…Was a wildly popular biz book for the tech biz a few years ago, for good reason. It described the dilemma of tech companies trying to convert early success into lasting success. It’s all your fault. And my fault. And the fault of most people who know what “blog” means.
We’re early adopters and if a new product or service gets our attention, the company can experience an immediate flash that doesn’t pan out. Their hopes are dashed when the growth stops and they wonder where the market is. The market heights they seek are on a tall mountain across a deep chasm which they must cross in order to climb higher. It turns out that lots of companies can win early sales and 15 minutes of fame, but few have the will and resources to cross the valley of the shadow of death that yawns before them.
Certainly if I’d foreseen the chasm dilemma in 1987, I’d not have been the angel investor behind Dynamac, but what fun would that have been?
Our nation has a cultural chasm to cross, the rift between those who applaud our get tough stance with the world, vs. those who aren’t sure that we’re tough enough to beat everybody we’re now pissing off with our bluster.
Books of a Feather
Jock Gill pointed me to an amazing depiction of connections among books. As you’ve noticed, Amazon and Barnes & Noble relates books to each other by noticing what other books are bought by the buyers of any given book. One curious reader, Valdes Krebs, wondered back in 1999 whether there might be any useful insights by charting those associations. His latest look at books, Divided We Stand???, generated an interesting insight illustrating the echo chamber phenomenon:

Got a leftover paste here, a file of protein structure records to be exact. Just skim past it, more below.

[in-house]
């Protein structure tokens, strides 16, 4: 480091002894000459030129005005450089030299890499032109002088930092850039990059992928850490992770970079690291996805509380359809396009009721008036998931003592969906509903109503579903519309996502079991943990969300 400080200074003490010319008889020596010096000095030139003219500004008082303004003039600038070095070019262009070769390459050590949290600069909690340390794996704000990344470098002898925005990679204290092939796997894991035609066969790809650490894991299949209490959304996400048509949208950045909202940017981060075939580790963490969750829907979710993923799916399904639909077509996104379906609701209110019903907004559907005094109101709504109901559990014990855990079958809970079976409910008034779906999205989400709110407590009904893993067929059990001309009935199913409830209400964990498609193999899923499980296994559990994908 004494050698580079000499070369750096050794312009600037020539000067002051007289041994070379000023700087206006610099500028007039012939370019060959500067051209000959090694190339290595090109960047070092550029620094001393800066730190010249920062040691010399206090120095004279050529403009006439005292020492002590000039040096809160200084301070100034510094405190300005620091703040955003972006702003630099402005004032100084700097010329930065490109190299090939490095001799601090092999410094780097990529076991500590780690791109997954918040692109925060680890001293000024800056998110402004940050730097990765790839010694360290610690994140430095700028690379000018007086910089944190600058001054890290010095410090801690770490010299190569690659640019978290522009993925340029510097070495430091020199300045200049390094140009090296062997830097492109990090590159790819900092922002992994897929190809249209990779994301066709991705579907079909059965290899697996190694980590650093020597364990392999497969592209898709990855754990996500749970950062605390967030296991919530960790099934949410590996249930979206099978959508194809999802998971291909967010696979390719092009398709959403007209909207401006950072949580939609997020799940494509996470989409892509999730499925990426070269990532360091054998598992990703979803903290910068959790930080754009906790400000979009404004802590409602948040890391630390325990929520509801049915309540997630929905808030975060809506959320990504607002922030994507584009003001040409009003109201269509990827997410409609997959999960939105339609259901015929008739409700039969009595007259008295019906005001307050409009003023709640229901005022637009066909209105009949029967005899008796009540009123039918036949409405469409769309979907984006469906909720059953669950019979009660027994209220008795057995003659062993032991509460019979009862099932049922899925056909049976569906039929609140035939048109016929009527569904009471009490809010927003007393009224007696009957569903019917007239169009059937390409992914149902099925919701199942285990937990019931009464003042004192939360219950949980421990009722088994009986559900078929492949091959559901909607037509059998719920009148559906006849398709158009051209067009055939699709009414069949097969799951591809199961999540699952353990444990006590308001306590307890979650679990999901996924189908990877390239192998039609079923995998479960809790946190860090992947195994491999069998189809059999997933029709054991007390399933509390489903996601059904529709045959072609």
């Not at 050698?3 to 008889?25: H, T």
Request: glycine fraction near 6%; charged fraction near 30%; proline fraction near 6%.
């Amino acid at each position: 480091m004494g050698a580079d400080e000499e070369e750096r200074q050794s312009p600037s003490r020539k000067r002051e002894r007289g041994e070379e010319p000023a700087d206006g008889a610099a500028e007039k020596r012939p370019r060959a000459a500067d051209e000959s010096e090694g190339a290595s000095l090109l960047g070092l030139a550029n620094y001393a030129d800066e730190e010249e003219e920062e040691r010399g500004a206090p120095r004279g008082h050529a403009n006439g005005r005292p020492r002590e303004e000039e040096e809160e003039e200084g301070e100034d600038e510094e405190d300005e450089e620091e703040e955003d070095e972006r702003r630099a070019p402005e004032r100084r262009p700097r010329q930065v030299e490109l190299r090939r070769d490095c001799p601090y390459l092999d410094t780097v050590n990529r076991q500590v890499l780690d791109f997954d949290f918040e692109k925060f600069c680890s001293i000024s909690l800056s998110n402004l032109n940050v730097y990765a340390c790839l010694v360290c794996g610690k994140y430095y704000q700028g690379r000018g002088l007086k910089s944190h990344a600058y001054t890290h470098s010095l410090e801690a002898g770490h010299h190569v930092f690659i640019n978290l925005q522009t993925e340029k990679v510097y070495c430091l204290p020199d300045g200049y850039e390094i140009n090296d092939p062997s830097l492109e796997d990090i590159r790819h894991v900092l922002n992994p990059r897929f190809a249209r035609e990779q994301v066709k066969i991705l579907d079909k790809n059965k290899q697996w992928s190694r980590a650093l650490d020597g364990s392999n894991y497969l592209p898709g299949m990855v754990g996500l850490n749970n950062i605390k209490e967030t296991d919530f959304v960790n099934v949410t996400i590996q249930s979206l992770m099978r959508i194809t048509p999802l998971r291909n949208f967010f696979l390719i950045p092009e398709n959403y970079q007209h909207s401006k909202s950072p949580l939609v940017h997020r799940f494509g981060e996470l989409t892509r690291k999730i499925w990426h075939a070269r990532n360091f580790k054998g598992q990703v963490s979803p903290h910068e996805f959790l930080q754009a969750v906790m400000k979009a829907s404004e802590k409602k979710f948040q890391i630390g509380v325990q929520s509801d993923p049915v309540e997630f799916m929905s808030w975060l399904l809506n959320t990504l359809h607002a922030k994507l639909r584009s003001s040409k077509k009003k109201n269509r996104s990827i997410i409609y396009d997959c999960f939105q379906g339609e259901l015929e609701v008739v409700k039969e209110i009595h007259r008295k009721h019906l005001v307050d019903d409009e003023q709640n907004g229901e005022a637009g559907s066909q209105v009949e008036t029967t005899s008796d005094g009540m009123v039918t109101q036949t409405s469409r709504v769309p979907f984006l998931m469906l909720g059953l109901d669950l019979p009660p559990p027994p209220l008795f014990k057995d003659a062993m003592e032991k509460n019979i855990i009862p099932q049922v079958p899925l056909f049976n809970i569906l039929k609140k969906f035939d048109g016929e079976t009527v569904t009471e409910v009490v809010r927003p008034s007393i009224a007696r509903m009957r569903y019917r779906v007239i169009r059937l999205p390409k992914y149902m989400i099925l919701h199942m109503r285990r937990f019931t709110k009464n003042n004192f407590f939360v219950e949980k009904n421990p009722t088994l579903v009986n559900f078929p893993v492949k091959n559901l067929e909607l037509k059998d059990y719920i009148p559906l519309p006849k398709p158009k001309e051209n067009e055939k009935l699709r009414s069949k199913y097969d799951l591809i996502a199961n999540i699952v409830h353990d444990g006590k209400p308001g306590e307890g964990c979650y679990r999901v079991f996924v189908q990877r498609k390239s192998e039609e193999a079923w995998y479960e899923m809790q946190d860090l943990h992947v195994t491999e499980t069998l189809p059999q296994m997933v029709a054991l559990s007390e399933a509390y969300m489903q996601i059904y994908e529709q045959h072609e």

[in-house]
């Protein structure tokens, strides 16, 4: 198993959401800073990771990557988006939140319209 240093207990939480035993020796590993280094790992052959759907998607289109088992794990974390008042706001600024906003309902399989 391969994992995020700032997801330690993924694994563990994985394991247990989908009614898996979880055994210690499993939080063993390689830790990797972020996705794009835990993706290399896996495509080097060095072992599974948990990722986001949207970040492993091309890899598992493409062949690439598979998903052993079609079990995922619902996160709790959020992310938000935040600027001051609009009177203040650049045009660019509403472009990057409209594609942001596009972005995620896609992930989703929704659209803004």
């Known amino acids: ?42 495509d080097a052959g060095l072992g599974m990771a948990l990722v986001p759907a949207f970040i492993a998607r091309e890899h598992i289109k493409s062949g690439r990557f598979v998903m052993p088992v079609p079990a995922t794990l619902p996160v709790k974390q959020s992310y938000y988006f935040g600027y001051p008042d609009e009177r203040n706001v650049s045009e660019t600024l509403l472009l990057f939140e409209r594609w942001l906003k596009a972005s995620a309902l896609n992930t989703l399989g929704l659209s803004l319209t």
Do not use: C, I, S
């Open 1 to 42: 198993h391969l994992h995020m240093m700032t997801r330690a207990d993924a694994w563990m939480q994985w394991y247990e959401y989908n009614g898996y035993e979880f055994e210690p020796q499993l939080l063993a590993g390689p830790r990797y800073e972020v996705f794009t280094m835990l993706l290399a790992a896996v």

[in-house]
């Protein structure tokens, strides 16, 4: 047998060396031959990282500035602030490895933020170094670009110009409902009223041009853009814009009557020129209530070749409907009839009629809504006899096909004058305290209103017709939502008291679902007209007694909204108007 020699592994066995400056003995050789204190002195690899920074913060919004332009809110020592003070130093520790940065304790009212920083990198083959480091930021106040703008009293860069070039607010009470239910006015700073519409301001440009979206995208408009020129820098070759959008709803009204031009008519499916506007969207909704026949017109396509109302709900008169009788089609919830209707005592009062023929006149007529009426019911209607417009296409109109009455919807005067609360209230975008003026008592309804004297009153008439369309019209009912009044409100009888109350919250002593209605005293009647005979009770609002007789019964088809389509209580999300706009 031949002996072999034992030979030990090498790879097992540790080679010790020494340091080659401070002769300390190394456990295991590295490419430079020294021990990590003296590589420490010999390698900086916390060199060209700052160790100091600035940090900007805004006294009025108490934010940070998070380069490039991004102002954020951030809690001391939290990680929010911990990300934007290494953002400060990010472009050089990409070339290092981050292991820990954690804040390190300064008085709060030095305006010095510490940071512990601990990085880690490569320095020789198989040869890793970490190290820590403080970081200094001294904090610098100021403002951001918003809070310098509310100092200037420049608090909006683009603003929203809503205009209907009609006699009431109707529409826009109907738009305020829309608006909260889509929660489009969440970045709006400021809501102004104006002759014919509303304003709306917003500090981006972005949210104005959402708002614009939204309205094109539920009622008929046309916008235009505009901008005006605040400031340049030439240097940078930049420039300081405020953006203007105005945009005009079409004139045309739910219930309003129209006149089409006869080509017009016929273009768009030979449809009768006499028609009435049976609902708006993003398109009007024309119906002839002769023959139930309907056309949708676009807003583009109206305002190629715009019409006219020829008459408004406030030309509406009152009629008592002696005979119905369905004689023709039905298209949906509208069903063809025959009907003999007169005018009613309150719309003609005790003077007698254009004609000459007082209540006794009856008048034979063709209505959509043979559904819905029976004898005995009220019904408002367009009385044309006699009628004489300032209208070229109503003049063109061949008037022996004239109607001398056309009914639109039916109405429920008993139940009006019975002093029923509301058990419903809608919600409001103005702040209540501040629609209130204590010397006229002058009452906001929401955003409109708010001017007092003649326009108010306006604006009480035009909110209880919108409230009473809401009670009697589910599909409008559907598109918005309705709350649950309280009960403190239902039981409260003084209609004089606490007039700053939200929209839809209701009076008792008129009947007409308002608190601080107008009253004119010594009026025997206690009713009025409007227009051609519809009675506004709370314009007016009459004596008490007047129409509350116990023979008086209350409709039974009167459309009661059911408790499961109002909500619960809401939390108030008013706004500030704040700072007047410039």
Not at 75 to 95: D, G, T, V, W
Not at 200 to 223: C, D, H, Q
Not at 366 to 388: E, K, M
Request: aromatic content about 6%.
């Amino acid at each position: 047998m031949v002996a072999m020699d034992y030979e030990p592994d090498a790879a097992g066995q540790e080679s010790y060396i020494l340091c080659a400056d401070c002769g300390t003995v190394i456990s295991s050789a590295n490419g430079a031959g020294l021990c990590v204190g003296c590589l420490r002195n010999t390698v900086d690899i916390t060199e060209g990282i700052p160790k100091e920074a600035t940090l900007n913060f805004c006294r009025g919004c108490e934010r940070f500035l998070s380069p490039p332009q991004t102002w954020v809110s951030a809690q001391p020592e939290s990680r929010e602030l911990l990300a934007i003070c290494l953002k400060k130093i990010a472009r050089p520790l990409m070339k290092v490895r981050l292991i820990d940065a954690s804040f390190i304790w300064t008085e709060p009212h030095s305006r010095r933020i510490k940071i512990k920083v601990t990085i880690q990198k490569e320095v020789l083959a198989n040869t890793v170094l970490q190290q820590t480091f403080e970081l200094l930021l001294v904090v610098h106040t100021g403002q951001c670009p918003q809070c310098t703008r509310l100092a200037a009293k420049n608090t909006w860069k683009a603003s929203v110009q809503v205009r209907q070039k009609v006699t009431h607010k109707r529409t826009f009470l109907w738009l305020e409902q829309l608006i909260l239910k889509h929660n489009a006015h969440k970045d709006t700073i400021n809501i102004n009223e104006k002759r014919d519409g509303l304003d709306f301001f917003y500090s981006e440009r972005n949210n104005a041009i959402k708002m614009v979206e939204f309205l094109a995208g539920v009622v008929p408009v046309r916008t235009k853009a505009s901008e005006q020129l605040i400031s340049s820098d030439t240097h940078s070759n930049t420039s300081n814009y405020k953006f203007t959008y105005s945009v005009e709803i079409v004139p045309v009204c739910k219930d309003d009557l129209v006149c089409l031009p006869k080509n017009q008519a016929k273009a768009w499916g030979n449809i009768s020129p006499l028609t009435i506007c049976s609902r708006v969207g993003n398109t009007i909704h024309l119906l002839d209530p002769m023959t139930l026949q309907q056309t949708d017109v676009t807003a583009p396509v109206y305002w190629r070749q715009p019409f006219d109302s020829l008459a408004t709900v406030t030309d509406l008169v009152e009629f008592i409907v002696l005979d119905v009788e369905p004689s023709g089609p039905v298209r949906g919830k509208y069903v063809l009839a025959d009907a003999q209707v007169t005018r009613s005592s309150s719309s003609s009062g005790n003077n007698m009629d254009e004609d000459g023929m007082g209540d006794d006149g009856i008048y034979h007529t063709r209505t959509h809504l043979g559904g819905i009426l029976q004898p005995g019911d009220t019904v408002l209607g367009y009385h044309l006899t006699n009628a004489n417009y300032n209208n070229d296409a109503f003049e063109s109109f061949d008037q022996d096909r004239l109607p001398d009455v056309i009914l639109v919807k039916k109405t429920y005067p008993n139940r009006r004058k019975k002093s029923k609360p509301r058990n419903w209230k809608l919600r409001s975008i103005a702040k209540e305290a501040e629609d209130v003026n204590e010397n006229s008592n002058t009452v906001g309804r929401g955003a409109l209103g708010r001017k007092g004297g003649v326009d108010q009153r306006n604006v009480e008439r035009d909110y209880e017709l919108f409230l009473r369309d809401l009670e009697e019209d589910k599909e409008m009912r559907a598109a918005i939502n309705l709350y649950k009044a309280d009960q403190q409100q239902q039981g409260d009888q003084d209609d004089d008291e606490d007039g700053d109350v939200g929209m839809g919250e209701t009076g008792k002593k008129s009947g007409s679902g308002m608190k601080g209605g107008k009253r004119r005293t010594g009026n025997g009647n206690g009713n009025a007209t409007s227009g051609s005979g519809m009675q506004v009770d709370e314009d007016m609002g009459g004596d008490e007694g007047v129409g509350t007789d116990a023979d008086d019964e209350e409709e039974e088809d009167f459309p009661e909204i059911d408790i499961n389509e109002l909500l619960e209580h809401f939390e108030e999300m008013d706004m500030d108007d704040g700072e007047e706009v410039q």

If only because he thought to lock down the domain orgnet.com, you’ve got to admire Valdes Krebs, but his is a masterful connection of meaningful dots. All the little squares represent books purchased at the same time as the other books they’re linked to. There are two echo chambers depicted here:
So Valdes Krebs discerns a disconnect between the people who buy books described as liberal and those who buy books described as conservative. The only book these two echo chambers have in common is Bernard Lewis’ excellent What Went Wrong? Lewis is considered our leading Islamist scholar, making him acceptable to “intellectuals.” In What Went Wrong?, he dissects the failing of Islam, which makes him appealing to whoever yearns to feel superior to the presumed enemy of our new
Crossing the Classism
It’s class warfare. But to me it looks like a war that started in the classroom, where the compliant, eager-to-please, more curious kids ran circles around the guys in the back row and never got over their feeling of mental superiority. Since school, many of those kids in the back row have done much better than the former brainiacs, for whom they feel nothing but contempt, knowing that clear purpose, not introspection, is the key to success. Success in business requires a kind of drive and bonhomie mastered on the playing fields, not in the classroom.
Intellectuals rarely master the American version of the good life, which rewards the kind of unwavering, unquestioning confidence that intellectuals seldom possess. Nor is it clear that those who are outwardly most successful have the will or perspective to avoid the narrowmindedness of any petit bourgeoisie.
If you don’t think there’s a civil war going on, here’s Newt Gingrich rallying the troops in 1988:
15 years later, it’s the Republicans who are taking no prisoners. We must cross this uncivil chasm, and this would be a good year to start.